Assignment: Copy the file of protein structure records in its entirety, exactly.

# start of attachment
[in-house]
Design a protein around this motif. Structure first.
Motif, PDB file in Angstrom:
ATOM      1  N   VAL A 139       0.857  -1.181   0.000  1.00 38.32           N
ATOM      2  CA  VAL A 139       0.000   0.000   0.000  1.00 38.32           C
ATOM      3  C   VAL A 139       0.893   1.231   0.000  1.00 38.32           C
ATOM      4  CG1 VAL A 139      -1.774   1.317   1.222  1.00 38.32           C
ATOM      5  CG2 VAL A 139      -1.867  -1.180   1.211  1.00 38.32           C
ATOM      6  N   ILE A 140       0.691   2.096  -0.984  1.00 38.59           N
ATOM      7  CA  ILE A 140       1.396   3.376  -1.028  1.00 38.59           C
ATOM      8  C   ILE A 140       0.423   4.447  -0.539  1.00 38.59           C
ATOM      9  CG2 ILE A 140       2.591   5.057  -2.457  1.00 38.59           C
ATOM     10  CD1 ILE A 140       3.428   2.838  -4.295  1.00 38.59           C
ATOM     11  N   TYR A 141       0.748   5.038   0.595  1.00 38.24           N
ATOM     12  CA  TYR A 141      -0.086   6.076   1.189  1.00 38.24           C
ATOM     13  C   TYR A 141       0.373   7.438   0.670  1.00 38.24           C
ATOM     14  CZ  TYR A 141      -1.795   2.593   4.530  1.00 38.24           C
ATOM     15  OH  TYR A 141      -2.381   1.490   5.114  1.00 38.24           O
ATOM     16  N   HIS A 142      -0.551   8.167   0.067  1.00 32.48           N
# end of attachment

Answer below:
[in-house]
Design a protein around this motif. Structure first.
Motif, PDB file in Angstrom:
ATOM      1  N   VAL A 139       0.857  -1.181   0.000  1.00 38.32           N
ATOM      2  CA  VAL A 139       0.000   0.000   0.000  1.00 38.32           C
ATOM      3  C   VAL A 139       0.893   1.231   0.000  1.00 38.32           C
ATOM      4  CG1 VAL A 139      -1.774   1.317   1.222  1.00 38.32           C
ATOM      5  CG2 VAL A 139      -1.867  -1.180   1.211  1.00 38.32           C
ATOM      6  N   ILE A 140       0.691   2.096  -0.984  1.00 38.59           N
ATOM      7  CA  ILE A 140       1.396   3.376  -1.028  1.00 38.59           C
ATOM      8  C   ILE A 140       0.423   4.447  -0.539  1.00 38.59           C
ATOM      9  CG2 ILE A 140       2.591   5.057  -2.457  1.00 38.59           C
ATOM     10  CD1 ILE A 140       3.428   2.838  -4.295  1.00 38.59           C
ATOM     11  N   TYR A 141       0.748   5.038   0.595  1.00 38.24           N
ATOM     12  CA  TYR A 141      -0.086   6.076   1.189  1.00 38.24           C
ATOM     13  C   TYR A 141       0.373   7.438   0.670  1.00 38.24           C
ATOM     14  CZ  TYR A 141      -1.795   2.593   4.530  1.00 38.24           C
ATOM     15  OH  TYR A 141      -2.381   1.490   5.114  1.00 38.24           O
ATOM     16  N   HIS A 142      -0.551   8.167   0.067  1.00 32.48           N